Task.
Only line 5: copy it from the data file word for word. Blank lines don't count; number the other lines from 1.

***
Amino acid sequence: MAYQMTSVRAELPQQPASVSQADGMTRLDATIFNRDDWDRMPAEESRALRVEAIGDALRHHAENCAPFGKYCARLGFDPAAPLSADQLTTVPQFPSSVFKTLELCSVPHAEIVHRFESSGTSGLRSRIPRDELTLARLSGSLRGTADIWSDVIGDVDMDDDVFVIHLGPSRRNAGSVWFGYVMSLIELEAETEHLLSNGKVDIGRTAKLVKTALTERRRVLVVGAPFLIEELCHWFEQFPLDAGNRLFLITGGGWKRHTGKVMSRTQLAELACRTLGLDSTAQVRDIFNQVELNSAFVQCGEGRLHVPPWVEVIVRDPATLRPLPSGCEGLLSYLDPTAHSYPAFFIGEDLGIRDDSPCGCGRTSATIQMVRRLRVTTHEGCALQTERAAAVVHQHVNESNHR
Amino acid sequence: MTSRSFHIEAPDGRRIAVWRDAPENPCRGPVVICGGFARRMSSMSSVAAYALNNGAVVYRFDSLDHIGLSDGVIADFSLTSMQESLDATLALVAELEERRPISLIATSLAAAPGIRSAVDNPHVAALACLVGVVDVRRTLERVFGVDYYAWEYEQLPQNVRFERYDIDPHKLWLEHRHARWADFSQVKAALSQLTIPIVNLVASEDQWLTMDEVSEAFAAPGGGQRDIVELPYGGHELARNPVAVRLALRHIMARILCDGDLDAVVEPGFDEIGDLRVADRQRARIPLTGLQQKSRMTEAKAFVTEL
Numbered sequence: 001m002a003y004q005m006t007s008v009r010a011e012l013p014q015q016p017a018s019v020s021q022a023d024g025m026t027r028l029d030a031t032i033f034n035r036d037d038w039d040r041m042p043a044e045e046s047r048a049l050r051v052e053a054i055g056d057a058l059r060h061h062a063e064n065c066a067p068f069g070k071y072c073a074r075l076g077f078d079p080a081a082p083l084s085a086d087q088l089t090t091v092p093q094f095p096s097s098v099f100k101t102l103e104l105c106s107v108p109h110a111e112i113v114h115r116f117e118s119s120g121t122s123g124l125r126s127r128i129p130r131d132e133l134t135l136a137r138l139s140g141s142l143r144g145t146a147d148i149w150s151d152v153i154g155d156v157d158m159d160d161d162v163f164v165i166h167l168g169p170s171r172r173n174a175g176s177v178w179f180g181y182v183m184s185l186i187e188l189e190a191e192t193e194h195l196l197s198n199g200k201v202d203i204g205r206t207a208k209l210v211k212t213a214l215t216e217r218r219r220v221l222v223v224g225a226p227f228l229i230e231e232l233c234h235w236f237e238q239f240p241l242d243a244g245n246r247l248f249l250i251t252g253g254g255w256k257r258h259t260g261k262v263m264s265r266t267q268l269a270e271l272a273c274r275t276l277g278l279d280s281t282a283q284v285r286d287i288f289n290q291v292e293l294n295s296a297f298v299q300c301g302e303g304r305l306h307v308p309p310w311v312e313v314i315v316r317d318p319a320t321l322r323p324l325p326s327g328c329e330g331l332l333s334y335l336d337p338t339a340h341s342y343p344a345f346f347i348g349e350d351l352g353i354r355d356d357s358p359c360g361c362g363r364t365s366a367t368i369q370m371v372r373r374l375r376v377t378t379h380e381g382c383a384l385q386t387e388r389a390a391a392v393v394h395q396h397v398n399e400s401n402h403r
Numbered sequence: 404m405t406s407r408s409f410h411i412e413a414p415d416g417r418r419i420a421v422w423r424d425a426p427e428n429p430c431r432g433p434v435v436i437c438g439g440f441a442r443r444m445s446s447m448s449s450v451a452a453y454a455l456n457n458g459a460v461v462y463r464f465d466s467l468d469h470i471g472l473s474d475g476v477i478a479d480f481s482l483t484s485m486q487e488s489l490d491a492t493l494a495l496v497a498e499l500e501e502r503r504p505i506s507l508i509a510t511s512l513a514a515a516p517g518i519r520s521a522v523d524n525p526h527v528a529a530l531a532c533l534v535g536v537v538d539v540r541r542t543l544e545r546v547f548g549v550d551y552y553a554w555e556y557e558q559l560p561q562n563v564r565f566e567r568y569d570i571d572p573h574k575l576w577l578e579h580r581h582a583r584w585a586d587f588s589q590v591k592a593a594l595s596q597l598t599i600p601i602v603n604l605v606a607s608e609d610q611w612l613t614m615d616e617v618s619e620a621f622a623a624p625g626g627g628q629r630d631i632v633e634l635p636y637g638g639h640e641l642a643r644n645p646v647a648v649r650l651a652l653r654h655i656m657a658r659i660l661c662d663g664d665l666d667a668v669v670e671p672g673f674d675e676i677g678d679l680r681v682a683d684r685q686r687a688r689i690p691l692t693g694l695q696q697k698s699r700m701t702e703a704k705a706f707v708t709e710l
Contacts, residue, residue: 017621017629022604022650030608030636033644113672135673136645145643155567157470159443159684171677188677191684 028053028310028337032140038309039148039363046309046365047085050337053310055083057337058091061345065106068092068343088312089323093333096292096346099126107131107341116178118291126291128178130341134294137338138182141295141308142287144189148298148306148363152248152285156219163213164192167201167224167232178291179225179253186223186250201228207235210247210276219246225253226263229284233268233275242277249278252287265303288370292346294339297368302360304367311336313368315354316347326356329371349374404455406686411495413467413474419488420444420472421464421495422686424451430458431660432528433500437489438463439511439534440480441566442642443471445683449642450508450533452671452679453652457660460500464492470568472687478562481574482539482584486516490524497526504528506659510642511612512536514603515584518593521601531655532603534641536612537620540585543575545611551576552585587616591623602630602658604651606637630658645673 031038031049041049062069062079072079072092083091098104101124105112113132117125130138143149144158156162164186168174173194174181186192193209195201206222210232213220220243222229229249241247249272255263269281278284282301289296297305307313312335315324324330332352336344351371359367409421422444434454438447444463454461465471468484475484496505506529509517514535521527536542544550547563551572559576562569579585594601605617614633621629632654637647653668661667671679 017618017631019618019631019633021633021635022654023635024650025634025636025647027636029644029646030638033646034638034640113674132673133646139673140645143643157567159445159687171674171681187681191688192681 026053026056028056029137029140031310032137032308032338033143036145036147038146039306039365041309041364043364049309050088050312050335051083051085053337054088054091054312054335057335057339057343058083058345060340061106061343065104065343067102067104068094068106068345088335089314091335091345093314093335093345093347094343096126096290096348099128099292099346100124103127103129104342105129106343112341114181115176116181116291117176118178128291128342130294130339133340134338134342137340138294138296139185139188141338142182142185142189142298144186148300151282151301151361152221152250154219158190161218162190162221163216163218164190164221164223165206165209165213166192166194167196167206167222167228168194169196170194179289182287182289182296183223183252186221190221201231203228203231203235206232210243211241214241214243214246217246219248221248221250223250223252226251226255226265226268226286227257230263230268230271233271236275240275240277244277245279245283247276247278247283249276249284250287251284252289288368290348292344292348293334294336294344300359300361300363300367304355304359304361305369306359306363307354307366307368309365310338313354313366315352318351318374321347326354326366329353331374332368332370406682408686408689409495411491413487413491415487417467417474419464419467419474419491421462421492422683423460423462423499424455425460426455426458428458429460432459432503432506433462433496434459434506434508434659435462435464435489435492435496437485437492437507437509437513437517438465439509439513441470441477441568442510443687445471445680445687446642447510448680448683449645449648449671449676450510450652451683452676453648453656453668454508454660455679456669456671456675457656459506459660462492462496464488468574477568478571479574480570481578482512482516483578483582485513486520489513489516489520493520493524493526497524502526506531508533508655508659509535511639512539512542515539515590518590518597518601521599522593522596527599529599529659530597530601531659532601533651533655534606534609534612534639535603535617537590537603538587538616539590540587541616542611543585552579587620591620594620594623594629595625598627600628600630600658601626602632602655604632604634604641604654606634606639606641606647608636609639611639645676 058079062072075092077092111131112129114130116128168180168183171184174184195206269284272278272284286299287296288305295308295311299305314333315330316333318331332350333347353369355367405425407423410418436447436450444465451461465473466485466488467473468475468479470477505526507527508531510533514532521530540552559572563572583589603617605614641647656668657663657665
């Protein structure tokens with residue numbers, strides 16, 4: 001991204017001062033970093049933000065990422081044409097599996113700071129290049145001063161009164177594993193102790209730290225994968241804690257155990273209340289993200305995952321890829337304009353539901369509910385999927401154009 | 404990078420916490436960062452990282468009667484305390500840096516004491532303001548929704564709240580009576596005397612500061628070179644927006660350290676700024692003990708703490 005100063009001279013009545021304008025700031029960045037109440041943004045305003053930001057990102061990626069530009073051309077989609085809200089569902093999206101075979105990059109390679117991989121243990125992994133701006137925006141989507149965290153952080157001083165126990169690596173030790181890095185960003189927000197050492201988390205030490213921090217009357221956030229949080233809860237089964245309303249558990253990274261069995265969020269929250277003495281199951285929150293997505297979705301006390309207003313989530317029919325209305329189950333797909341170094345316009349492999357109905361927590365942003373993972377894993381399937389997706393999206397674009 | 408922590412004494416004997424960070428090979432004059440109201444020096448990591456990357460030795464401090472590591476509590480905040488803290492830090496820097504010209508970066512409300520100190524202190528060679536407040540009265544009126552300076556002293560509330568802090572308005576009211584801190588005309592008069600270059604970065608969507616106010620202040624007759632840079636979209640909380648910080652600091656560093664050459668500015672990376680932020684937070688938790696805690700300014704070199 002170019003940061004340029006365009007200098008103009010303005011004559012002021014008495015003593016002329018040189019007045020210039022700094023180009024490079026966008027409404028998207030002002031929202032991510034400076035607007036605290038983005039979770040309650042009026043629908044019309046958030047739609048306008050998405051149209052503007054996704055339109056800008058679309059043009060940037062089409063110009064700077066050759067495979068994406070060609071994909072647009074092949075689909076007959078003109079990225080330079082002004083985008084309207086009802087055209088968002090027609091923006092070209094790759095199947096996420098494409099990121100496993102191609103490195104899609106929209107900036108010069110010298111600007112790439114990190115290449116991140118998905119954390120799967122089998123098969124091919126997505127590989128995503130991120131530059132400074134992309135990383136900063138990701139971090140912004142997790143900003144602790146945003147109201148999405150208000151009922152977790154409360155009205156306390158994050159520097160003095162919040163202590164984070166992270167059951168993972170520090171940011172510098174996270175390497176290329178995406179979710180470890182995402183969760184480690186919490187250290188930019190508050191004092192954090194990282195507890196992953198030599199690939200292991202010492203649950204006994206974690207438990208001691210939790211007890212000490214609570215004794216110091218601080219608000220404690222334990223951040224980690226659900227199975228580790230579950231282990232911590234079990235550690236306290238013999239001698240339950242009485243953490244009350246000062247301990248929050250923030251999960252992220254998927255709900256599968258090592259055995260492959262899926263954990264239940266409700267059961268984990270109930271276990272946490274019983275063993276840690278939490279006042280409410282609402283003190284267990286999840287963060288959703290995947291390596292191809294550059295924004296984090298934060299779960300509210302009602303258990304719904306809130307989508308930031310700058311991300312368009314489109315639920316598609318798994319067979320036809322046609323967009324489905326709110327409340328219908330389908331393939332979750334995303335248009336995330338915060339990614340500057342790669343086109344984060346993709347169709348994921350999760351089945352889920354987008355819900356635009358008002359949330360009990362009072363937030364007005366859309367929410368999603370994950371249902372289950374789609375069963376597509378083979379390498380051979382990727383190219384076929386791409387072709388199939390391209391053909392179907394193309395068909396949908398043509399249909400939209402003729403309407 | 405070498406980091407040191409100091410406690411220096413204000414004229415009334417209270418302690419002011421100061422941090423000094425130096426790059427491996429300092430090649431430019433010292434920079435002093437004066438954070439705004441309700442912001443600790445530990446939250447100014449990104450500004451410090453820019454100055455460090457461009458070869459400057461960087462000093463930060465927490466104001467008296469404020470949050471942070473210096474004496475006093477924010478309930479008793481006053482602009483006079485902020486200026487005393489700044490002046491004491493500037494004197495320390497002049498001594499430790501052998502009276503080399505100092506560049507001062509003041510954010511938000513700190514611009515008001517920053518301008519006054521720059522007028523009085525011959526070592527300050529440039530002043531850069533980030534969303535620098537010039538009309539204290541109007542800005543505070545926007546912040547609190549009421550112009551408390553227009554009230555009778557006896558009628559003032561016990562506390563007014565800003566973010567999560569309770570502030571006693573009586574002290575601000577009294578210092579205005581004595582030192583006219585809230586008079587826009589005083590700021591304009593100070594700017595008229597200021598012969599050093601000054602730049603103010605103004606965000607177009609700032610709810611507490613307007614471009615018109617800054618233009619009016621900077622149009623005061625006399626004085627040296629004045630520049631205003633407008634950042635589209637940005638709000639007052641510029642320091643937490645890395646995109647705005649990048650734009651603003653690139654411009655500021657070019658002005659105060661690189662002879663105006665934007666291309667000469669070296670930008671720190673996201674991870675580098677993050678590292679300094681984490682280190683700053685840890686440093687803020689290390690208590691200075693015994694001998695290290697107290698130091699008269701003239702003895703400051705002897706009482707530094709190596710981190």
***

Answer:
Contacts, residue, residue: 017621017629022604022650030608030636033644113672135673136645145643155567157470159443159684171677188677191684 028053028310028337032140038309039148039363046309046365047085050337053310055083057337058091061345065106068092068343088312089323093333096292096346099126107131107341116178118291126291128178130341134294137338138182141295141308142287144189148298148306148363152248152285156219163213164192167201167224167232178291179225179253186223186250201228207235210247210276219246225253226263229284233268233275242277249278252287265303288370292346294339297368302360304367311336313368315354316347326356329371349374404455406686411495413467413474419488420444420472421464421495422686424451430458431660432528433500437489438463439511439534440480441566442642443471445683449642450508450533452671452679453652457660460500464492470568472687478562481574482539482584486516490524497526504528506659510642511612512536514603515584518593521601531655532603534641536612537620540585543575545611551576552585587616591623602630602658604651606637630658645673 031038031049041049062069062079072079072092083091098104101124105112113132117125130138143149144158156162164186168174173194174181186192193209195201206222210232213220220243222229229249241247249272255263269281278284282301289296297305307313312335315324324330332352336344351371359367409421422444434454438447444463454461465471468484475484496505506529509517514535521527536542544550547563551572559576562569579585594601605617614633621629632654637647653668661667671679 017618017631019618019631019633021633021635022654023635024650025634025636025647027636029644029646030638033646034638034640113674132673133646139673140645143643157567159445159687171674171681187681191688192681 026053026056028056029137029140031310032137032308032338033143036145036147038146039306039365041309041364043364049309050088050312050335051083051085053337054088054091054312054335057335057339057343058083058345060340061106061343065104065343067102067104068094068106068345088335089314091335091345093314093335093345093347094343096126096290096348099128099292099346100124103127103129104342105129106343112341114181115176116181116291117176118178128291128342130294130339133340134338134342137340138294138296139185139188141338142182142185142189142298144186148300151282151301151361152221152250154219158190161218162190162221163216163218164190164221164223165206165209165213166192166194167196167206167222167228168194169196170194179289182287182289182296183223183252186221190221201231203228203231203235206232210243211241214241214243214246217246219248221248221250223250223252226251226255226265226268226286227257230263230268230271233271236275240275240277244277245279245283247276247278247283249276249284250287251284252289288368290348292344292348293334294336294344300359300361300363300367304355304359304361305369306359306363307354307366307368309365310338313354313366315352318351318374321347326354326366329353331374332368332370406682408686408689409495411491413487413491415487417467417474419464419467419474419491421462421492422683423460423462423499424455425460426455426458428458429460432459432503432506433462433496434459434506434508434659435462435464435489435492435496437485437492437507437509437513437517438465439509439513441470441477441568442510443687445471445680445687446642447510448680448683449645449648449671449676450510450652451683452676453648453656453668454508454660455679456669456671456675457656459506459660462492462496464488468574477568478571479574480570481578482512482516483578483582485513486520489513489516489520493520493524493526497524502526506531508533508655508659509535511639512539512542515539515590518590518597518601521599522593522596527599529599529659530597530601531659532601533651533655534606534609534612534639535603535617537590537603538587538616539590540587541616542611543585552579587620591620594620594623594629595625598627600628600630600658601626602632602655604632604634604641604654606634606639606641606647608636609639611639645676 058079062072075092077092111131112129114130116128168180168183171184174184195206269284272278272284286299287296288305295308295311299305314333315330316333318331332350333347353369355367405425407423410418436447436450444465451461465473466485466488467473468475468479470477505526507527508531510533514532521530540552559572563572583589603617605614641647656668657663657665